What things make us laugh? In all times and places the top draws have been sex, class, and race. The precise way these major themes tickle our funnybones varies with social trends, reflecting back to us the way we live now.
This entirely unoriginal observation was prompted by watching another episode of The Big Bang Theory—hereinafter TBBT— a half-hour TV sitcom I’ve become mildly addicted to.
If you haven’t seen it, TBBT centers around four young males and the young-female love interests of three of them. The four men—Sheldon, Leonard, Howard, and Raj—are all high-level science geeks: three theoretical physicists and an aerospace engineer. The main joke of the show—the best TV sitcoms always have one big main joke—is that there is insufficient space in the human brain for both hyperintelligence and good social skills. This isn’t altogether true, but it’s true enough to generate humor. TBBT is not so much a sitcom as a nerd com.
The show’s sexual angle has an oddly conservative flavor to it. Most of the sex humor in it is about women being—or in the case of Amy, Sheldon’s girl, wishing to be—sex objects for men. The show gets away with this because the men in it are all such betas. It’s hard to say who’s more underdoggy (no pun intended): the women being lusted after, or the men lusting after them so incompetently. The beta-tude of the men levels the playing field.
Homosexuality isn’t present at all, so far as I have noticed. Jim Parsons camps it up as the Sheldon character (and is in fact homosexual), but the story lines present Sheldon only as a fussy, OCD-afflicted straight guy with issues about physical intimacy. His girlfriend Amy does seem to have occasional same-sex leanings, expressed by admiring remarks to beautiful Penny, Leonard’s main love interest: “Do you even have pores?” But this too is in line with the traditional conservative attitude that male homosexuality is disgusting, while the female style is merely comical.
There is no real class humor among the major characters. Penny is a community-college dropout working as a waitress; but the gulf between her and the four men is intellectual, nothing to do with class. She and they speak with the same diction and have the same attitudes to behavioral issues. You can’t imagine any of them becoming meth addicts or attending a regatta. They are all of the great American middle class.
Class shows up mainly in the person of Sheldon’s mother, an evangelical from Texas played by Roseanne veteran Laurie Metcalf. In one episode Sheldon, arriving at the family home unexpectedly, sees through a window his mother—she’s a widow—being rogered by a strange man on the family couch. When he later confronts her about what he saw, she makes a prole-Christian confession of weakness: “I’m not perfect, Sheldon … but that man’s booty is.”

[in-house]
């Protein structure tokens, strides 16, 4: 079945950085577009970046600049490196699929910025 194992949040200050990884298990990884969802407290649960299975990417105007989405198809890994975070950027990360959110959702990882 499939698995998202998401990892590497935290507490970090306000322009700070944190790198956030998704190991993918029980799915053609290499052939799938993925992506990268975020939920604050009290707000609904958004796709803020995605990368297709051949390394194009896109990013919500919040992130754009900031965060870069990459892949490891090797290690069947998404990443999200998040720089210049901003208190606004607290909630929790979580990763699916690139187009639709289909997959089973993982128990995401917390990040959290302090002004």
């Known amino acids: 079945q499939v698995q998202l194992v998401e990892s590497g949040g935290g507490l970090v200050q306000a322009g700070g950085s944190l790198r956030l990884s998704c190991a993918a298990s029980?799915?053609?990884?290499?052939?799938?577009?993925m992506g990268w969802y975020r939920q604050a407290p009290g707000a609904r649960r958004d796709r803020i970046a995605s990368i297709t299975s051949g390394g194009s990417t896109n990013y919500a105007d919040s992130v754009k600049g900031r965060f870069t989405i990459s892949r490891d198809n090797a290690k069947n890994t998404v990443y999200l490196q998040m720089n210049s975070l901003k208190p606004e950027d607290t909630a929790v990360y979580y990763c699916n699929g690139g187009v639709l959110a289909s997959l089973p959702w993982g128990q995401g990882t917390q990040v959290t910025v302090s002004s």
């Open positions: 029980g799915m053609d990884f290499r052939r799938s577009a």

The word “class” doesn’t really capture all of that second universal-humor element, though. The rest is in-group status, a kind of micro-class. The three guys who are theoretical physicists occasionally direct amused contempt at Howard, the aerospace engineer. That might seem odd in a culture where “rocket scientist” is used to typify the smartest of smarts, but it’s exactly right in the show’s academic context.
I remember very well the mental map of scholarly specialties we math undergraduates carried around with us. Math geeks were of course at the top, with physicists a tick or two below us. Astronomers and chemists were somewhat lower, biologists considerably lower; but these were all respectably abstract, quantitative fields.
Engineers were a semi-civilized tribe on an adjacent island, beery oafs who played hard rugby and never listened to concert music. Only medical students were lower: gap-toothed loons rumored to show disgraceful lack of respect to the cadavers they were given for dissection.
(The humanities were hors de combat. “They’re giving you a degree for reading novels? Ha ha ha ha!”)
Race—in the common American sense of the black/nonblack divide—is now such a fraught issue that wise sitcom producers just omit it altogether. Your Dad may have laughed at George Jefferson, and your Granddad at Amos’n’Andy, but that was back when it was possible to believe that race problems might one day go away, given some straightforward legal and social adjustments. No-one believes that any more. Sure, it is possible to make humor out of despair: but that’s the bitterest, darkest kind of humor, not suitable for prime-time TV.
So there are almost no blacks in Big Bang. The university’s Human Resources Director, who shows up once or twice a season, is a black woman; I think that’s the only recurring black character.
It’s also another touch of the show’s quite daring realism. HR Director is exactly the kind of position where you would expect to find a black female in a modern university; just as, if invited to meet four of the smartest guys on campus, you would not be astonished when two Jews, a Hindu, and a Scotch-Irish showed up. (Johnny Galecki, who plays Leonard, is actually “of Polish, Irish, and Italian descent,” says IMDb.com; but he looks Jewish.)
As a substitute for race there is always ethnic and regional variation. In nations not afflicted with racial neuroses, that variation supplies much of the humor. (The accents and stereotypical behaviors of people from different provinces fuel at least half of Chinese TV comedy.) So, no, you can’t have a shuffling, toothy, dimwitted black character, but you can have a suffocating Jewish mother, a goodness-gracious-me Indian accent, and a busty corn-fed Midwestern gal.
TBBT is not of course high art; but late in the evening (I catch the reruns on FOX5NY at 11 pm), with my feet up, the day’s work behind me, and a glass of Old Crow to see me off to bed, it goes down very easily. If the producers are looking to raise their game a little, though, here’s my suggestion: more math!
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